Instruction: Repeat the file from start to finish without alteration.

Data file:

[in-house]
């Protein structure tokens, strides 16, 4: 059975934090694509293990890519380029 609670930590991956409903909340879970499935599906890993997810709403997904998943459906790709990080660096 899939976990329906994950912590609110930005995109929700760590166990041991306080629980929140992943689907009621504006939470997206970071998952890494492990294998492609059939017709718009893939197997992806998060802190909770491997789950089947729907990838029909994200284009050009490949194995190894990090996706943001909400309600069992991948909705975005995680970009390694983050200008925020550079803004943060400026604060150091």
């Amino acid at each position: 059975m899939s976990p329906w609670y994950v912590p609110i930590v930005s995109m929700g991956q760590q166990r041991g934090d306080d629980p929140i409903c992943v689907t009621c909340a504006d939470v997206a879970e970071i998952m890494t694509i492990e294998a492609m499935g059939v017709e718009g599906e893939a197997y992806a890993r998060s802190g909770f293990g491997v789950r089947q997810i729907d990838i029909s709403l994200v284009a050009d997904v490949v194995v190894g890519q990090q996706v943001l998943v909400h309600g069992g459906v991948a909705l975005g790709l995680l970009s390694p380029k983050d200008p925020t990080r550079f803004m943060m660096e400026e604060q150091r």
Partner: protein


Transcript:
[in-house]
């Protein structure tokens, strides 16, 4: 059975934090694509293990890519380029 609670930590991956409903909340879970499935599906890993997810709403997904998943459906790709990080660096 899939976990329906994950912590609110930005995109929700760590166990041991306080629980929140992943689907009621504006939470997206970071998952890494492990294998492609059939017709718009893939197997992806998060802190909770491997789950089947729907990838029909994200284009050009490949194995190894990090996706943001909400309600069992991948909705975005995680970009390694983050200008925020550079803004943060400026604060150091």
């Amino acid at each position: 059975m899939s976990p329906w609670y994950v912590p609110i930590v930005s995109m929700g991956q760590q166990r041991g934090d306080d629980p929140i409903c992943v689907t009621c909340a504006d939470v997206a879970e970071i998952m890494t694509i492990e294998a492609m499935g059939v017709e718009g599906e893939a197997y992806a890993r998060s802190g909770f293990g491997v789950r089947q997810i729907d990838i029909s709403l994200v284009a050009d997904v490949v194995v190894g890519q990090q996706v943001l998943v909400h309600g069992g459906v991948a909705l975005g790709l995680l970009s390694p380029k983050d200008p925020t990080r550079f803004m943060m660096e400026e604060q150091r």
Partner: protein